...He and this Wolfsheim bought up a lot of side street drug-stores ...and sold grain alcohol over the counter. ...That drug-store business was just small change," continued Tom slowly, "but you've got something on now that Walter's afraid to tell me about."
Tom could only be referring to the sale of illicit bonds as revealed in the Chapter IX phone conversation with Slagel about Parke getting picked up.

12--Ch. VII, p. 134 (The same scene, just after Tom's comment above.) Nick, narrating:
Then I turned back to Gatsby--and was startled at his expression. He looked--and this is said in all contempt for the babbled slander of his garden--as if he had "killed a man." For a moment the set of his face could be described in just that fantastic way.
As foreshadowed by one of his party-goers and now in the face of Tom's righteous condemnation, Gatsby's criminal soul briefly appears through his glitzy social veneer. This spontaneous self-unmasking of his dark side by Gatsby is just what Daisy needs to make her decision to reject him, which she does a moment later.

13--Ch. IX, p.170 (When Nick visits Wolfsheim at "the Swastika Holding Company" to get him to attend Gatsby's funeral, four more rapid references are made to Chicago, again hinting at a link with organized crime.) Secretary (ellipses are mine):
"Nobody's in," she said. "Mr. Wolfsheim's gone to Chicago. ...I can't get him back from Chicago, can I? ...When I say he's in Chicago, he's in Chicago."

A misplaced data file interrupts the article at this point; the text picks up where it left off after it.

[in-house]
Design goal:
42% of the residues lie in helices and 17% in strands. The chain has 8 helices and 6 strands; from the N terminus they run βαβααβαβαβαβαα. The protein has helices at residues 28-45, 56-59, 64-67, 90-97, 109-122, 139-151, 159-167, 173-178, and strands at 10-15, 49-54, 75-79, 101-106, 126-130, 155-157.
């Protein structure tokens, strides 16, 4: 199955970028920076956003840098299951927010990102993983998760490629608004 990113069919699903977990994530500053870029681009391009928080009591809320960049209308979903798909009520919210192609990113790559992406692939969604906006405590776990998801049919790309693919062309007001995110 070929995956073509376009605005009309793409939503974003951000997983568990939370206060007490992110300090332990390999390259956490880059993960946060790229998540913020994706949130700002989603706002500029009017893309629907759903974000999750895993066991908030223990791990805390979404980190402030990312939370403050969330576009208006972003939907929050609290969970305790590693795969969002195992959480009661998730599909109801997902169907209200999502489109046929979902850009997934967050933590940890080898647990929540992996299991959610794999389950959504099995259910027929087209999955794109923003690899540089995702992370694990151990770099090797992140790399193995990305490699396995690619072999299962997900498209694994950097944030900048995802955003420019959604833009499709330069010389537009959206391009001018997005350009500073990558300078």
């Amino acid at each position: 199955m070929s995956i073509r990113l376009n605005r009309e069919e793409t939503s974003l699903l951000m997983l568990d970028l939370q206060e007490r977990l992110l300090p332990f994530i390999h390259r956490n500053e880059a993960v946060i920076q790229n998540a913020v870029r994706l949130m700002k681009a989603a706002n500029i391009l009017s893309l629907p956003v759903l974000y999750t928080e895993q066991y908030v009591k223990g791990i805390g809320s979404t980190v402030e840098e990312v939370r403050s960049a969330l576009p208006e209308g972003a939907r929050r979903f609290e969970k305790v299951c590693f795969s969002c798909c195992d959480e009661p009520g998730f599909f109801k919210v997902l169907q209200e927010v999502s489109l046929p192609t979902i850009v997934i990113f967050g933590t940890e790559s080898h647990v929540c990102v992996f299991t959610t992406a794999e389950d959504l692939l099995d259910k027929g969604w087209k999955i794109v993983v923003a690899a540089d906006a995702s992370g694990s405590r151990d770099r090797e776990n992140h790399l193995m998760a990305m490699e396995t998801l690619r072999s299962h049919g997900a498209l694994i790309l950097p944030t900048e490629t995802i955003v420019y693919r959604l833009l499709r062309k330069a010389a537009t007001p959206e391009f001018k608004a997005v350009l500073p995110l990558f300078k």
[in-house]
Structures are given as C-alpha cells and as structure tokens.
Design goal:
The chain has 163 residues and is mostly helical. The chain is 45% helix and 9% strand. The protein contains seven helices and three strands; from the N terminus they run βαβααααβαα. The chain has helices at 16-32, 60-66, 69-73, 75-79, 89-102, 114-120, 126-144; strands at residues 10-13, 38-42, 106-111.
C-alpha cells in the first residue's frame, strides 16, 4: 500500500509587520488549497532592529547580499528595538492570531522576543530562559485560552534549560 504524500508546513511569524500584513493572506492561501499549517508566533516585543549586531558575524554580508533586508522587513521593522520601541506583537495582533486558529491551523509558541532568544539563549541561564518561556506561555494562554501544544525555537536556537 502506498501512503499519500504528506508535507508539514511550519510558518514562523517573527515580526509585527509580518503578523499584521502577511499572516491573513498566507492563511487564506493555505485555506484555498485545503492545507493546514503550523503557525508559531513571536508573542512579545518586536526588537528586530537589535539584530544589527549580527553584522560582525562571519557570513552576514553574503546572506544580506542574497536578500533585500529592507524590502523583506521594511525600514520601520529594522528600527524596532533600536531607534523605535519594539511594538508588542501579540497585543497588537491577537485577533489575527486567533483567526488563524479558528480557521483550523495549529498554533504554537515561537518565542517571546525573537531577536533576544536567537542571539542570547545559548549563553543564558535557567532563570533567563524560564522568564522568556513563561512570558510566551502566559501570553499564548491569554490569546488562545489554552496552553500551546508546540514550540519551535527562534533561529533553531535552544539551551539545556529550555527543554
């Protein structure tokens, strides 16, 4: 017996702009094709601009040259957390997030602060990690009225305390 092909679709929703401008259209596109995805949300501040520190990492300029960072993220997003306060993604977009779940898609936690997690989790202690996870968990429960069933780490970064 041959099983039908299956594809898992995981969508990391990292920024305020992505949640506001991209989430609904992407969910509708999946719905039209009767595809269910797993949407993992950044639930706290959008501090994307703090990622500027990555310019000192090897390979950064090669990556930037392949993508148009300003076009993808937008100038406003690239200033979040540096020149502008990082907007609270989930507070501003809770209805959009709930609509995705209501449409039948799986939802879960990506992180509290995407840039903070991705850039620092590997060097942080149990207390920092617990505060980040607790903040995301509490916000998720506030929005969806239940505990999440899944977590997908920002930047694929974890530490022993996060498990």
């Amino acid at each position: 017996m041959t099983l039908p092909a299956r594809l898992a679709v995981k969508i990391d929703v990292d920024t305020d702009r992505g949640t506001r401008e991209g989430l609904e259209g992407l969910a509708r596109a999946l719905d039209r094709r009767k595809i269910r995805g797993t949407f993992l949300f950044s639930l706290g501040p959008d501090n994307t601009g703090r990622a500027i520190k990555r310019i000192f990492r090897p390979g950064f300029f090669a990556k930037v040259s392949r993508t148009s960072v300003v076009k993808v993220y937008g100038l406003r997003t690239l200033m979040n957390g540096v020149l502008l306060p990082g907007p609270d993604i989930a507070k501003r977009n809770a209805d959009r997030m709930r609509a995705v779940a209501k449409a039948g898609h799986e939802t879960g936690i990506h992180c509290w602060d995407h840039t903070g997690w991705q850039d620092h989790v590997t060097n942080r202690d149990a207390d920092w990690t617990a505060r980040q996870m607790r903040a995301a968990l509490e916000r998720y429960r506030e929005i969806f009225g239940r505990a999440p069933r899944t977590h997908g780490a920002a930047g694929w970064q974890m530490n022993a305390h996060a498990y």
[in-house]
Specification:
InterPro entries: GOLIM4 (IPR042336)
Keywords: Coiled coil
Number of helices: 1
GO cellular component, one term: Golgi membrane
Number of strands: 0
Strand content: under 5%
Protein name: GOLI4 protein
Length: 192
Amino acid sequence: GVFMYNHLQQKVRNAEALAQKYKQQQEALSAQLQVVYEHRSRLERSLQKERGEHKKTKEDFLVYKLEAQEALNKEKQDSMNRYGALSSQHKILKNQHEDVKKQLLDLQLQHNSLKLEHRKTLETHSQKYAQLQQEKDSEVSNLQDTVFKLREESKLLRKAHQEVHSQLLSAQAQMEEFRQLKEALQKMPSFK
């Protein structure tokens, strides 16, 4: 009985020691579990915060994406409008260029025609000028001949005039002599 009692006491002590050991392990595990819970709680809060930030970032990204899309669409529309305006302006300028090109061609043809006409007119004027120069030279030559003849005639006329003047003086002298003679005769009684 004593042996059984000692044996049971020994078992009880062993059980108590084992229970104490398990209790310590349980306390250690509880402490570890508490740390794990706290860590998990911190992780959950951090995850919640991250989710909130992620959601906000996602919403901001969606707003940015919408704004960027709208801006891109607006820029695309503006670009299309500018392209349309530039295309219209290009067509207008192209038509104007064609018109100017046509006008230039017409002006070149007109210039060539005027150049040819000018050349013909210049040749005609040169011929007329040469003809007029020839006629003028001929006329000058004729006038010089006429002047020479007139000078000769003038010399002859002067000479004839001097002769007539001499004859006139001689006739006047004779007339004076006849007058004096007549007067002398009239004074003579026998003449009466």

Like clanging a bell, Chicago is used throughout the novel as a symbol for organized crime.


In summary, Nick's observation of the sales team and the owl-eyed man's revelation that people were solicited for the parties suggests the parties were for selling bonds. If not, what was their purpose? And don't tell me to attract Daisy because we've already skewered that manufactured myth.

Nick sells bonds for a living. Gatsby tries to recruit him for this purpose. He takes frequent telephones calls as if coordinating sales activities, two of which are from Chicago, a notorious center for organized crime, and the climactic call from Chicago details the sale of illicit bonds in small towns.

In the hot Plaza Hotel room, Tom reveals that his investigation has uncovered some "new business" Gatsby's involved in that's much bigger than bootlegging, ostensibly the sale of illicit bonds.

Wolfsheim is linked to Chicago by the unnamed secretary's comments. Wolfsheim can't attend the funeral. He keeps a low profile, ostensibly because the FBI was known during the 1920s to attend funerals to link mobsters with their cohorts.

Fitzgerald provides the dots. It's up to the reader to connect them. This is far more than a glorified romance novel celebrating the American Dream; it is a social critique of the corruption, "the foul dust that follows in his [its] wake."

***


Geoffrey Aronson Exactly. I am glad you have started a new message thread. The others have become stale, overly polemical and frivolous.